Laura L. Smith writes a very truthful picture of a shifted focus that has effected many teenage girls. Her young adult novel centers around Melissa Rollins, a freshman striving to be on the leadership of her dance team. With school and practice and the up and down social life she begins to use food, and the lack of it, to control her world.
There are tons of books out there for and about teens and their struggles with eating disorders and weight related concerns. Skinny stands out from the crowd in that it addresses a disorder that many other books ignore. O.C.D. or obsessive compulsive disorder is often the core root of eating disorders. It’s like focus on steroids. Try as she might she can’t ever seem to escape the agonizing thoughts that always center around the same issue. These overactive thoughts quickly morph into behaviors that become habitual and more dangerous as time progresses. It’s not always a desire to be thin or derived from media images of Hollywood twigs. Sometimes it’s just a control strategy for teens and adults who feel off balance and crave some power over themselves, even if it is counterproductive.
Another thing I love about Skinny is that it doesn’t glamorize the choices Melissa is making in the story. With Anorexia and Bulimia such a buzz topic in teen circles it is easy to collect strategies from these well meaning books. Some teenagers will read these types of books like a manual for how to “do it better”. Lisa L. Smith focuses on the thoughts going on in Melissa’s head and what is driving her to make these dangerous choices, rather than focusing on the action itself and the methods of accomplishing it.
Melissa is a Christian. She loves God very much, but her understanding is clouded. She journals her prayers and reads the Word. She goes to church and she’s on her way to heaven, but this struggle is warring inside of her. Who can’t relate to that battle, right?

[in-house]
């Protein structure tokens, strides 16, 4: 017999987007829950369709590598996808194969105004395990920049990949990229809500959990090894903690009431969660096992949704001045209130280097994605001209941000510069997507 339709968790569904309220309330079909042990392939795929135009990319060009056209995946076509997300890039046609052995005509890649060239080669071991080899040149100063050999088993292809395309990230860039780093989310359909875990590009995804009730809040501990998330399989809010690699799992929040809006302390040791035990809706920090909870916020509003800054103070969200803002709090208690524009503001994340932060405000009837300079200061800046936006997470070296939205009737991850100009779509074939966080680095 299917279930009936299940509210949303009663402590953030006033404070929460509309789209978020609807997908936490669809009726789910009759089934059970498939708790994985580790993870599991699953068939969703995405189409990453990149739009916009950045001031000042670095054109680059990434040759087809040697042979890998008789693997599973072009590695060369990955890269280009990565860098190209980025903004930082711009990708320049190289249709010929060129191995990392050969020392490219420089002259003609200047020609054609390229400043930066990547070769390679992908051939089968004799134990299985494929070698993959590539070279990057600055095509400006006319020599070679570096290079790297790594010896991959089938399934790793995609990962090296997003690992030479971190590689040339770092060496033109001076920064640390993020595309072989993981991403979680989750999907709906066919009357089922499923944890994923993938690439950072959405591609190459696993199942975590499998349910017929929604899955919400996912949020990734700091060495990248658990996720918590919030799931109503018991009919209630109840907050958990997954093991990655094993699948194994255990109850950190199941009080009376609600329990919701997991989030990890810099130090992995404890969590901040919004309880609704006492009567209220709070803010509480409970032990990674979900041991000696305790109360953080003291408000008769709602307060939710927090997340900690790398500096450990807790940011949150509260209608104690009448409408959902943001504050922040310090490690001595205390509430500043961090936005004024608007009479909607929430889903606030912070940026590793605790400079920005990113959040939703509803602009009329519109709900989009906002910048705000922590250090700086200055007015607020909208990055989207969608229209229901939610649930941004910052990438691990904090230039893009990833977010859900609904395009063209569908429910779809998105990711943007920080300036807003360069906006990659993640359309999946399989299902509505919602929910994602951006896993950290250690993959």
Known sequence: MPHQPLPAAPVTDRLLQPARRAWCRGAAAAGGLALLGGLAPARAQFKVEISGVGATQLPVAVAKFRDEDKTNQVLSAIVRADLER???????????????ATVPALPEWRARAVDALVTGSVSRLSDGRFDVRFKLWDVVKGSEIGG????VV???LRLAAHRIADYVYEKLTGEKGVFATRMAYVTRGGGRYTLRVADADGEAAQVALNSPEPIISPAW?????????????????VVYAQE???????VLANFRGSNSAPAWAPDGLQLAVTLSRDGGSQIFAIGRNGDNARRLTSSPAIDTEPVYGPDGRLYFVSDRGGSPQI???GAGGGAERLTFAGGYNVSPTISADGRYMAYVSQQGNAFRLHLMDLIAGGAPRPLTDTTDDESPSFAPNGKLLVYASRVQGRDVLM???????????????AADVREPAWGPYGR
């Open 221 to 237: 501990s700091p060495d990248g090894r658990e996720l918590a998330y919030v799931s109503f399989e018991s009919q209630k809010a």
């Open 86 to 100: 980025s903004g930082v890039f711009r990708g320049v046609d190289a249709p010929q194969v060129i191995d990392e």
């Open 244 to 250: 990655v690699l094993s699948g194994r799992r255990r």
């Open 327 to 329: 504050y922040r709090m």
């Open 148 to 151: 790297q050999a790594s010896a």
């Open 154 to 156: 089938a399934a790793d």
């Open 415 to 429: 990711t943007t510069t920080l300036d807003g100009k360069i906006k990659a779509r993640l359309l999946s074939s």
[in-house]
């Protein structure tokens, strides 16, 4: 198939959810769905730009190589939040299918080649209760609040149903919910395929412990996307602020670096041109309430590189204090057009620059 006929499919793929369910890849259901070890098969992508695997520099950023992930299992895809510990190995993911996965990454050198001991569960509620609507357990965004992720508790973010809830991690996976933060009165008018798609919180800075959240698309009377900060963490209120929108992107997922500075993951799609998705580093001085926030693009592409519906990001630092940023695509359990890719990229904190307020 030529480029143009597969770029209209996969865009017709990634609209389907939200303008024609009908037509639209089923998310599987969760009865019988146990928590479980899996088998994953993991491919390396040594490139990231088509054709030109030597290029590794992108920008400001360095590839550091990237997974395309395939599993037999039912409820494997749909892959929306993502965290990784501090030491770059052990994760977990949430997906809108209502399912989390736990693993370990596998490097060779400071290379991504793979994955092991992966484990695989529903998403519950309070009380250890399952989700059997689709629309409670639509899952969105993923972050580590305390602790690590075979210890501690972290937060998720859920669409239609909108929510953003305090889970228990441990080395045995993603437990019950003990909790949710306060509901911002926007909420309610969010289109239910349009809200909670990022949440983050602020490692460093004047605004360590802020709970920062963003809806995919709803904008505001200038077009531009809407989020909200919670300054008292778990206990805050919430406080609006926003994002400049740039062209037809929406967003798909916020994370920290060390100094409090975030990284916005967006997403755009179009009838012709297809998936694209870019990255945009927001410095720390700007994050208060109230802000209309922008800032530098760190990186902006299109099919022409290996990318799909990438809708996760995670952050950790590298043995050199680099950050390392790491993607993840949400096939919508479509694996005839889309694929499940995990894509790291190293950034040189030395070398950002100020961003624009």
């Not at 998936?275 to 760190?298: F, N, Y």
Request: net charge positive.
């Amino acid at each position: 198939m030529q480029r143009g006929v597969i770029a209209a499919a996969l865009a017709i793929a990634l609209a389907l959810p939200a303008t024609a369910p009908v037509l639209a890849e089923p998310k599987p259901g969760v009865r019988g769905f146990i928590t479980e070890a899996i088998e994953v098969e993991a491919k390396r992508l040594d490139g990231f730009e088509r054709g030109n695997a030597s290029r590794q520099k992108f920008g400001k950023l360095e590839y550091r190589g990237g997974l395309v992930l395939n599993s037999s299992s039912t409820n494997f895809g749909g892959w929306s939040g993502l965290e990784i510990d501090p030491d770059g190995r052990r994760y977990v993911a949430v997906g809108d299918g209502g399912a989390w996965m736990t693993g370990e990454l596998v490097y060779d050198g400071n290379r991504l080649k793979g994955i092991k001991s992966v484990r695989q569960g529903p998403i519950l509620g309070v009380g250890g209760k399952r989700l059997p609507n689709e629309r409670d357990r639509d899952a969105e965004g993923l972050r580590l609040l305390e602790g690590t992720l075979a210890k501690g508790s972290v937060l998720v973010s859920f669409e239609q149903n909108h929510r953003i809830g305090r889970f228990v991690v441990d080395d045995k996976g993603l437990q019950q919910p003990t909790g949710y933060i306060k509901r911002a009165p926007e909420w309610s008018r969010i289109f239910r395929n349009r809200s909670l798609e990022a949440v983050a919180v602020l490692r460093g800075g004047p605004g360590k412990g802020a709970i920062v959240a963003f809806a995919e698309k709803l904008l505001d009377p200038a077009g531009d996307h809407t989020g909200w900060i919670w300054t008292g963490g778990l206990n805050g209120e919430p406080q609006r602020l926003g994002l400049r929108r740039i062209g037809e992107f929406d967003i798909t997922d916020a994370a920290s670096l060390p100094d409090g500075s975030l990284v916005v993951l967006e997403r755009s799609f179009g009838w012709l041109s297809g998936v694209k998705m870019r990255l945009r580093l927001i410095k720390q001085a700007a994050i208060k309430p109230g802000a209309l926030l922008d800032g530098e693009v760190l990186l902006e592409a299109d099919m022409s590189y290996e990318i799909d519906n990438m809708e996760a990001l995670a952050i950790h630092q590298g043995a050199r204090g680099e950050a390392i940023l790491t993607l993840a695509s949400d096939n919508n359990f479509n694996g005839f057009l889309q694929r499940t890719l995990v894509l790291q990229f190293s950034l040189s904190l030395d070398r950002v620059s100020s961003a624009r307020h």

I can relate to Melissa. As a christian teenager I was diagnosed with an eating disorder. My behavior back then looked like an eating disorder. It was an easy fit. As I got older I got help for the eating disorder. I put on weight and everyone was happy. Then another compulsion surfaced. The compulsion for cleanliness. The deep focus on my house and the aesthetic beauty of my world began to take over my mind. What I really had was O.C.D. My eating, like with Melissa, was a symptom of my need to control. I had to learn to surrender my need to control over to God. It’s still a work in progress.
I am so thankful that there is a writer like Lisa L. Smith who is brave enough to call it what it is and to even address that it doesn’t “go away” it’s an on going struggle. It’s a struggle worth fighting and it can be helped.
Skinny is a quick read and a worthy book that I would happily recommend to teenagers. You can read more about it here. Skinny is on sale at the NavPress site for $10.39.